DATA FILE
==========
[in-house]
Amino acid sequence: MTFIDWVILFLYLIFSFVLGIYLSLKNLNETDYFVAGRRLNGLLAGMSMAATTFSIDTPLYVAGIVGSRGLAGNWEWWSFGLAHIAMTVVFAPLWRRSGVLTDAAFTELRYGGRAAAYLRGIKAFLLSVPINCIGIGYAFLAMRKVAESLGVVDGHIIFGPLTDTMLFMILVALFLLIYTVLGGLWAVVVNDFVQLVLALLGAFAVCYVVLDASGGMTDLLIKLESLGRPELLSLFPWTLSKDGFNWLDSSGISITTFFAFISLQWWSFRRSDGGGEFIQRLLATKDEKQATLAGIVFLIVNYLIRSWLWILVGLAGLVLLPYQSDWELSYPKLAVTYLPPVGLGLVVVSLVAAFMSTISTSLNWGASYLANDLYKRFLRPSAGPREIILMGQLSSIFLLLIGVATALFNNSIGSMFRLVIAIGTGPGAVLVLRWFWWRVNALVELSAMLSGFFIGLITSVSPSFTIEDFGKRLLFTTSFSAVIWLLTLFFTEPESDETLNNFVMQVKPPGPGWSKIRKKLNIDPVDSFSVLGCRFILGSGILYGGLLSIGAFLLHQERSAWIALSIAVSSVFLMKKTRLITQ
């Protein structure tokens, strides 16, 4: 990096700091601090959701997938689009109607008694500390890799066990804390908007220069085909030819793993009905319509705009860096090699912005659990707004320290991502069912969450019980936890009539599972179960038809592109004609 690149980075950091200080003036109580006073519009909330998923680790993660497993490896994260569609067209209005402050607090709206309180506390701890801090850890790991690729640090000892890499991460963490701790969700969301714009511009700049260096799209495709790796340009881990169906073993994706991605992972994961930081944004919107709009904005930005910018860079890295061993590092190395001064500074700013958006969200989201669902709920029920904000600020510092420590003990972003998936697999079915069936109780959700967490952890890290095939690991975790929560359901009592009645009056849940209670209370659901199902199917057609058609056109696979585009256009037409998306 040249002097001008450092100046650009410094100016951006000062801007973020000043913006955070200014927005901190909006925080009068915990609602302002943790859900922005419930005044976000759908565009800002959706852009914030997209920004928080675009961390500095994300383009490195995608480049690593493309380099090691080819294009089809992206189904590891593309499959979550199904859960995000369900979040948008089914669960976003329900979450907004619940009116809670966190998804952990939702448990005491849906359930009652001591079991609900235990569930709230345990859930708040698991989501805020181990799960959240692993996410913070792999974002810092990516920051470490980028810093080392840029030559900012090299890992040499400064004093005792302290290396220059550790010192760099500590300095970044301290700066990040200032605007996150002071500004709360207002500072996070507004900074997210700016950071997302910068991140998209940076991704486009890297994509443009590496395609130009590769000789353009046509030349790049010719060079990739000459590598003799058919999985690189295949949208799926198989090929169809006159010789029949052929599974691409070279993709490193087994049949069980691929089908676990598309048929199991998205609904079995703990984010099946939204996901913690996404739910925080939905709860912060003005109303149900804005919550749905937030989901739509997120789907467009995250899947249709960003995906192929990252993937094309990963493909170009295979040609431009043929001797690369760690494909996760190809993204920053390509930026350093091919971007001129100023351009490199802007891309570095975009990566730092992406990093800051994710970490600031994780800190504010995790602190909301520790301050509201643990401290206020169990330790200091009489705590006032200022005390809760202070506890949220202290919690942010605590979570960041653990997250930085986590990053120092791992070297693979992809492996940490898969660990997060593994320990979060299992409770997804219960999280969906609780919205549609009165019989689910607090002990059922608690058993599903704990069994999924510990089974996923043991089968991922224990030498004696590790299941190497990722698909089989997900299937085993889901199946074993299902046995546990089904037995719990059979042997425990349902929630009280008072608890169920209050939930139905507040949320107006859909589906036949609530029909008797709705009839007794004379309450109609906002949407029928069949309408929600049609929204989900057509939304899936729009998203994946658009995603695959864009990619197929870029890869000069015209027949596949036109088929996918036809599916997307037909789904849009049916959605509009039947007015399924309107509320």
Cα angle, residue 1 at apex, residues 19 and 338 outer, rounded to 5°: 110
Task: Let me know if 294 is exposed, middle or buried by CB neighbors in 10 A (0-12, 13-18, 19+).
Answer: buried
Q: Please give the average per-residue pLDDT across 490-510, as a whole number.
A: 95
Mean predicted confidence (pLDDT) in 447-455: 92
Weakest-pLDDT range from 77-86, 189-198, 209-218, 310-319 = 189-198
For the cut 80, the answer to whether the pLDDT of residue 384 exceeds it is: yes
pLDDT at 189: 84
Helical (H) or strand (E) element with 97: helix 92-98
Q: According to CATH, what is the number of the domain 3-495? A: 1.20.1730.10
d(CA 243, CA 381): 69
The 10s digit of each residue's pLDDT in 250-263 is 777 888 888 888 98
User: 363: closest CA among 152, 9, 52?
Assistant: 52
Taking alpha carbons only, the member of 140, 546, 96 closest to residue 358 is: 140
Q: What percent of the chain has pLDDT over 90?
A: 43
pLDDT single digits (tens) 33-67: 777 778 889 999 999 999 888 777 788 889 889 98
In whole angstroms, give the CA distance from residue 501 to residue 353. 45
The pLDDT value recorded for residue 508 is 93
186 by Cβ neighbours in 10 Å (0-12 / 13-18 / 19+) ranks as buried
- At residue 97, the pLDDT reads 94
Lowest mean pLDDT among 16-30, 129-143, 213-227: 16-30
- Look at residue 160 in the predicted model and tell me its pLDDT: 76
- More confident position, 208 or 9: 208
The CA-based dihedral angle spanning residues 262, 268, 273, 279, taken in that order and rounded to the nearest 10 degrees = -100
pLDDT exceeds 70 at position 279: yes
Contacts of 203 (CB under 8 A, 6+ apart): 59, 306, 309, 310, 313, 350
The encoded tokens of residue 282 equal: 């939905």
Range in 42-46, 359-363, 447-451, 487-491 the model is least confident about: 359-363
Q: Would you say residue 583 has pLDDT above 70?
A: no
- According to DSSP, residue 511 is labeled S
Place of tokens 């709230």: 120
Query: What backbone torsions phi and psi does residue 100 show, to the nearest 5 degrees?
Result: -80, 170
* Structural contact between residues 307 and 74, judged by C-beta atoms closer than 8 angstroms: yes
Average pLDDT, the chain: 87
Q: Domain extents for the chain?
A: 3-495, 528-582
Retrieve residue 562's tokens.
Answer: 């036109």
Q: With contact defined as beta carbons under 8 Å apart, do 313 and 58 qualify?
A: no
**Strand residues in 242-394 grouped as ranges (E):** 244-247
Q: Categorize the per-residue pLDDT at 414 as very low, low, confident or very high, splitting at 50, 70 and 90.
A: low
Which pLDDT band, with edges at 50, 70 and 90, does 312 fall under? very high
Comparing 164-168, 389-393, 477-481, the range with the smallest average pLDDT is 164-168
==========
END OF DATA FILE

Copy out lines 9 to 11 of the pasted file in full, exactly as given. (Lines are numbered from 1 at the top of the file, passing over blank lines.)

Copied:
Mean predicted confidence (pLDDT) in 447-455: 92
Weakest-pLDDT range from 77-86, 189-198, 209-218, 310-319 = 189-198
For the cut 80, the answer to whether the pLDDT of residue 384 exceeds it is: yes